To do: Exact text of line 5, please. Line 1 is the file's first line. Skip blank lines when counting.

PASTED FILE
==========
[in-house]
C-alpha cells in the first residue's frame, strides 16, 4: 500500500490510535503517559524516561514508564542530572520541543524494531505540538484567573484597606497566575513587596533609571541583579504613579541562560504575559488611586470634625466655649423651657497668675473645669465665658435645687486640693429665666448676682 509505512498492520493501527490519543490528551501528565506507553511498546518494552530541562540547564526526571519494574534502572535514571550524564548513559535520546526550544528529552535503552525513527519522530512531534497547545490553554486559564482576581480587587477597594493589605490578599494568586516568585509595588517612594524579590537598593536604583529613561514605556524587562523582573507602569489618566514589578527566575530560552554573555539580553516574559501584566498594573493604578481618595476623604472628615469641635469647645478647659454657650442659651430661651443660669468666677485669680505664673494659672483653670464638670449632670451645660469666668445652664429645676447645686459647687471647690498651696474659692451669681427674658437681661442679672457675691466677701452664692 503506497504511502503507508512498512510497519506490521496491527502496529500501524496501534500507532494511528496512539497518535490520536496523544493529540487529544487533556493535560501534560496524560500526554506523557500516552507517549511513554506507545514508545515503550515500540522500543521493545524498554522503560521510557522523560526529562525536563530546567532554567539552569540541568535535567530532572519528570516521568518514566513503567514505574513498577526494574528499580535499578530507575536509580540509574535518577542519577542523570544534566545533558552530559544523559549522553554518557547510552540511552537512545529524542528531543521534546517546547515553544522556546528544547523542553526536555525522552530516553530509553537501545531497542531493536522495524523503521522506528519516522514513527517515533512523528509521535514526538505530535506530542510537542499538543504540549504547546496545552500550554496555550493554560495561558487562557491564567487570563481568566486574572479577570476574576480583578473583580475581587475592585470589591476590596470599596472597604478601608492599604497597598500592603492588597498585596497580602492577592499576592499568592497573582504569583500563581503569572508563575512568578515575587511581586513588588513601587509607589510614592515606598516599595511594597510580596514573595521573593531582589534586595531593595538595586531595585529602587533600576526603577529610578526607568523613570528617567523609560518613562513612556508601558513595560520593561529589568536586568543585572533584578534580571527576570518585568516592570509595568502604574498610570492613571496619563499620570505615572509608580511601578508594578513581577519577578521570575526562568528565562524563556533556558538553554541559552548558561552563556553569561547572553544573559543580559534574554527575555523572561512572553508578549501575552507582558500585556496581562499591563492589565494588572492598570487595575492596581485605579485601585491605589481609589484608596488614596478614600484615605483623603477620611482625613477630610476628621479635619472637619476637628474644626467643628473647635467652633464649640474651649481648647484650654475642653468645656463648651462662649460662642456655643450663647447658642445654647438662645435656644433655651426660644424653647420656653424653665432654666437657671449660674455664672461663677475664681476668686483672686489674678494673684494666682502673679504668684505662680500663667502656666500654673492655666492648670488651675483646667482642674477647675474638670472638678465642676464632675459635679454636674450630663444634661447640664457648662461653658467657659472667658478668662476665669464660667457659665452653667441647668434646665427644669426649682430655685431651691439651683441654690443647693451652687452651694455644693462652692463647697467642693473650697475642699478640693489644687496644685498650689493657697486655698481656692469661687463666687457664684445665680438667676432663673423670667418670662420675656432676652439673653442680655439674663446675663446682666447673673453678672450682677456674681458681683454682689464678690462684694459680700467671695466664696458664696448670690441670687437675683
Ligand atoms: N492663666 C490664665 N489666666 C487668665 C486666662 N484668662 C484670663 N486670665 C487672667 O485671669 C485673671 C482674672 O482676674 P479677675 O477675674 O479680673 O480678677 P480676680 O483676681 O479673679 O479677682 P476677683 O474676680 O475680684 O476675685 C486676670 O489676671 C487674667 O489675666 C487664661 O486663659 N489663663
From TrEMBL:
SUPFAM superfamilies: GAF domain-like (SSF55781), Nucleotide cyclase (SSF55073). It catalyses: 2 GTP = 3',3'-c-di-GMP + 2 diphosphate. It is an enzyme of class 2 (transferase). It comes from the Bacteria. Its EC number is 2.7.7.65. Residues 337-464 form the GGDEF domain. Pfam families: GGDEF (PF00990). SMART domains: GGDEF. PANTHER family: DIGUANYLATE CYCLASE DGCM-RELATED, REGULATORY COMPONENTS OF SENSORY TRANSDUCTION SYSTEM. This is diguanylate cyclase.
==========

SUPFAM superfamilies: GAF domain-like (SSF55781), Nucleotide cyclase (SSF55073). It catalyses: 2 GTP = 3',3'-c-di-GMP + 2 diphosphate. It is an enzyme of class 2 (transferase). It comes from the Bacteria. Its EC number is 2.7.7.65. Residues 337-464 form the GGDEF domain. Pfam families: GGDEF (PF00990). SMART domains: GGDEF. PANTHER family: DIGUANYLATE CYCLASE DGCM-RELATED, REGULATORY COMPONENTS OF SENSORY TRANSDUCTION SYSTEM. This is diguanylate cyclase.